Former king's statue defaced as Belgium confronts colonial past

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Former king's statue defaced as Belgium confronts colonial past
A statue of King Leopold II of Belgium is pictured on June 4, 2020 in Antwerp after being set on fire the night before as a petition was launched on June 1 to remove all statues in honour of this colonial-era King from the City of Brussels amidst worldwide anti-racist protests following the death of George Floyd, a black US citizen who died after a white policeman kneeled on his neck for several minutes. JONAS ROOSENS / Belga / AFP.

BRUSSELS (AFP).- Statues of the late King Leopold II, a symbol of Belgium's bloody history as colonial power in central Africa, have been defaced as the US campaign for racial justice re-energises the struggle in Europe.

An anti-racist group called "Repair History" has demanded that all statues of Leopold, who ran and brutally exploited the then "Congo Free State" as a personal domain, be taken down.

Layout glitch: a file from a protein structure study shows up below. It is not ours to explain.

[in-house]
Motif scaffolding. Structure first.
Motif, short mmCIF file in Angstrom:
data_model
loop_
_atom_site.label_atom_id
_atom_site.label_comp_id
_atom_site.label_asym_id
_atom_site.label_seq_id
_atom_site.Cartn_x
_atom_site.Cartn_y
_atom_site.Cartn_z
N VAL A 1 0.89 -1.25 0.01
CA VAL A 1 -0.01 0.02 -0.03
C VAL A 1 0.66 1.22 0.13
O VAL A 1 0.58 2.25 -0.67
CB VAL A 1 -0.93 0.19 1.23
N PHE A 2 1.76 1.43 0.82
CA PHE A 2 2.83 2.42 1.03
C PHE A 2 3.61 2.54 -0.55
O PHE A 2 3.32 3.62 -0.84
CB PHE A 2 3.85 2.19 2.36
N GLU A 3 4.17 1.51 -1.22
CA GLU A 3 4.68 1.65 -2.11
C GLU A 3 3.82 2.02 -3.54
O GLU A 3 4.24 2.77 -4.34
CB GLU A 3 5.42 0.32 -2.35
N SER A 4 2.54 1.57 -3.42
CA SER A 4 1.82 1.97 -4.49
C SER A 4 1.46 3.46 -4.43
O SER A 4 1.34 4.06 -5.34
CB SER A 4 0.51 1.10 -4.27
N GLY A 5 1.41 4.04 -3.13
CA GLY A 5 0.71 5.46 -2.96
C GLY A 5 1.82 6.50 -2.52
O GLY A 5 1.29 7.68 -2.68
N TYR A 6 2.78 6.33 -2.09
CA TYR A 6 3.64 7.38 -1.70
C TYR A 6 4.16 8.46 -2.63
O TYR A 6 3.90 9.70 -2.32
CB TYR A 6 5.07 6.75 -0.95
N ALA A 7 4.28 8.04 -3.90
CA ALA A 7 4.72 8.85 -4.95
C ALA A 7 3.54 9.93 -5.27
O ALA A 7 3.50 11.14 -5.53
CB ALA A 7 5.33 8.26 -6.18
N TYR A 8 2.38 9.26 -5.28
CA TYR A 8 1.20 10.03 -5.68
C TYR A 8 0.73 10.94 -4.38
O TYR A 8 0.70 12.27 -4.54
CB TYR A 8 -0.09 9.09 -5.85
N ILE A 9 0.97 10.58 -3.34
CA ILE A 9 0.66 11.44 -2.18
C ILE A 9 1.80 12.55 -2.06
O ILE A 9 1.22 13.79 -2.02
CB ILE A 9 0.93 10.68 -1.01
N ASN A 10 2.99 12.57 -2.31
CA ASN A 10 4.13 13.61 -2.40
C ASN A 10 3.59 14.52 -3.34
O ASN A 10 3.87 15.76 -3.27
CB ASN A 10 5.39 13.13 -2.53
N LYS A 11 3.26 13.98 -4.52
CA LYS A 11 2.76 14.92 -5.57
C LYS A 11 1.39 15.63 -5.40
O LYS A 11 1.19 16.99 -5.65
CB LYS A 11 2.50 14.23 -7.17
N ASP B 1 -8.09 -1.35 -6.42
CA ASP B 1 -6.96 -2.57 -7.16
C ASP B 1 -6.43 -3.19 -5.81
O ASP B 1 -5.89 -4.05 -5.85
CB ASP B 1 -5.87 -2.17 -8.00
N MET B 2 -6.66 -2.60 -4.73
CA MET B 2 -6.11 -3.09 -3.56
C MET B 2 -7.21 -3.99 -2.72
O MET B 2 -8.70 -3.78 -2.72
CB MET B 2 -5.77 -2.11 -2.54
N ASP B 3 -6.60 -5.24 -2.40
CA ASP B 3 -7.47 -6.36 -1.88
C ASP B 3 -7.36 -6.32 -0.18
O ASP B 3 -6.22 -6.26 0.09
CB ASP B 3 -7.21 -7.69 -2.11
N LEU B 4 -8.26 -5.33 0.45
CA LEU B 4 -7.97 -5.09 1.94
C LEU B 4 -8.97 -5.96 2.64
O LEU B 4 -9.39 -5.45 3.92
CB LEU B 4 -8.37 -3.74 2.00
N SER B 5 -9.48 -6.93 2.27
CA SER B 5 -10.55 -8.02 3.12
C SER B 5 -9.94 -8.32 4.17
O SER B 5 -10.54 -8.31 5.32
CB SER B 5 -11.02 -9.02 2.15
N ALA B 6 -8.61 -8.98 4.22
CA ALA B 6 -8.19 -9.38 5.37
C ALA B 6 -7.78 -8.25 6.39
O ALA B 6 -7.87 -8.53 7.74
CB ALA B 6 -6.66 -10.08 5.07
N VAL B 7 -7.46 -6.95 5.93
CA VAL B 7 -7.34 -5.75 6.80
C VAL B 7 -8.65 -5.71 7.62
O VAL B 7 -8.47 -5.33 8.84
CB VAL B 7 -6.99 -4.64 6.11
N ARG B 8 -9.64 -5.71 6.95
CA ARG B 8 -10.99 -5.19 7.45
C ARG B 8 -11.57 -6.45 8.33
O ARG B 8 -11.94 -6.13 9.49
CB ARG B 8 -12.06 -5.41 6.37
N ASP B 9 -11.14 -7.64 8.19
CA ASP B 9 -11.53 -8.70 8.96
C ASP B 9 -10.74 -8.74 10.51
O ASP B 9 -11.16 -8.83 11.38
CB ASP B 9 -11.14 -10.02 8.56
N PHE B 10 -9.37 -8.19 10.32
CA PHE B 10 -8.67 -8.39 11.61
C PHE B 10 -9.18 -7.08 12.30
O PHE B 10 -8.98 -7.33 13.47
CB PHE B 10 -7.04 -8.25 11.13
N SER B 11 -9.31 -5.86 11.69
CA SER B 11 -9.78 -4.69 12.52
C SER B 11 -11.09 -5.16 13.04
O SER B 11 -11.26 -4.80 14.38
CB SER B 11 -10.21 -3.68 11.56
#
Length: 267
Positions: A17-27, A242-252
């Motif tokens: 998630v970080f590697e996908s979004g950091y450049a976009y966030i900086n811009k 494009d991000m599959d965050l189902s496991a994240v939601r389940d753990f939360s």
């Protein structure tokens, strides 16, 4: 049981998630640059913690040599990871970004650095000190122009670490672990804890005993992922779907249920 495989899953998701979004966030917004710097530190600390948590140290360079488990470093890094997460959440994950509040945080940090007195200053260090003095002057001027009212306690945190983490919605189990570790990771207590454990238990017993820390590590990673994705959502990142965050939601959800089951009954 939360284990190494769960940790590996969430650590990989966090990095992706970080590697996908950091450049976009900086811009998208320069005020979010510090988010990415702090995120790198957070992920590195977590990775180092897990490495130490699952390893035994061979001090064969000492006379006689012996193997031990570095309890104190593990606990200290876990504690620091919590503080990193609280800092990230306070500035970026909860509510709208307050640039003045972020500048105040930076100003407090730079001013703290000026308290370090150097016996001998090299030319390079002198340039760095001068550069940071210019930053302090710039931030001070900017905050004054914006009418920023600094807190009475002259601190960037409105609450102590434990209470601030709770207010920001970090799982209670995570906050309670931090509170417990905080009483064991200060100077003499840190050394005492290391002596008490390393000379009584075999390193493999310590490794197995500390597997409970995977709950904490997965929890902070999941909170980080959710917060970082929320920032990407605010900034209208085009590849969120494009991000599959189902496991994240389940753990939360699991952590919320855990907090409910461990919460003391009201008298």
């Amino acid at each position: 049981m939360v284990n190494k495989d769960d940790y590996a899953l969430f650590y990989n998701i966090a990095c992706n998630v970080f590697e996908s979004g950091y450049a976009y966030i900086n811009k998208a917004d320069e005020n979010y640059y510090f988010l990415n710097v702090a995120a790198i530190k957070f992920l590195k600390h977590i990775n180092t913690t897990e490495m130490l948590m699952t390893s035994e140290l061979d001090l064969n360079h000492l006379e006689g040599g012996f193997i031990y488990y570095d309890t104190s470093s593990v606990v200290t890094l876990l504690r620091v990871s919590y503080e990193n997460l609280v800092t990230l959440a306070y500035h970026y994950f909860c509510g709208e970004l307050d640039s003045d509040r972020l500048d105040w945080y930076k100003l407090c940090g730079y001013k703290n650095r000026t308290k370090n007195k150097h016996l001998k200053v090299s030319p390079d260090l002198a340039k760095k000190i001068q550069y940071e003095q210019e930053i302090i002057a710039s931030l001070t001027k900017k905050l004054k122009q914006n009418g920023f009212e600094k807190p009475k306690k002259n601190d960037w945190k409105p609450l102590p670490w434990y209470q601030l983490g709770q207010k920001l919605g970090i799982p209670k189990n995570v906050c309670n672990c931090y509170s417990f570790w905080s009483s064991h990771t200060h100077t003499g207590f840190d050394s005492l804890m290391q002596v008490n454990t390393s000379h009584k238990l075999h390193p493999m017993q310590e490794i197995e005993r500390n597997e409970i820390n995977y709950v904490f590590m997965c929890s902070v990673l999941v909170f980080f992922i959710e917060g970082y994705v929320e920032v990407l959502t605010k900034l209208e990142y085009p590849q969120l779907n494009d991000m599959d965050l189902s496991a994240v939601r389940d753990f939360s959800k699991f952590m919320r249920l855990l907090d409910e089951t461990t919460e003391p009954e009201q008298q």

And unknown vandals have targeted at least three of the statues.

Outside the Royal Museum for Central Africa in Tervuren, near Brussels, a bust of the former monarch has been daubed with blood red paint and the three-letter tag "FDP" -- short for the French "fils de pute," or "son of a bitch," AFP journalists reported.

Similar apparent protests targeted statues in Antwerp and Ostend.

The graffiti comes amid renewed and more intense debate about Belgium's attitude to its colonial past.

June 30 marked the anniversary of Congo's eventual independence, and protests against a police killing in the United States have sparked similar movements around the world in countries where a black minority faces discrimination.

Belgium -- like France, Britain and other European powers -- has a troubled history in Africa, and Leopold II's personal involvement and profiteering in what was, even by the standards of the era, a brutal occupation has made him a touchstone in the debate.

By Friday afternoon a petition to have the city of Brussels take down his monuments had collected 60,000 names. On Sunday, another group linked to the "Black Lives Matter" movement will hold a street protest in the city against modern police brutality.

© Agence France-Presse

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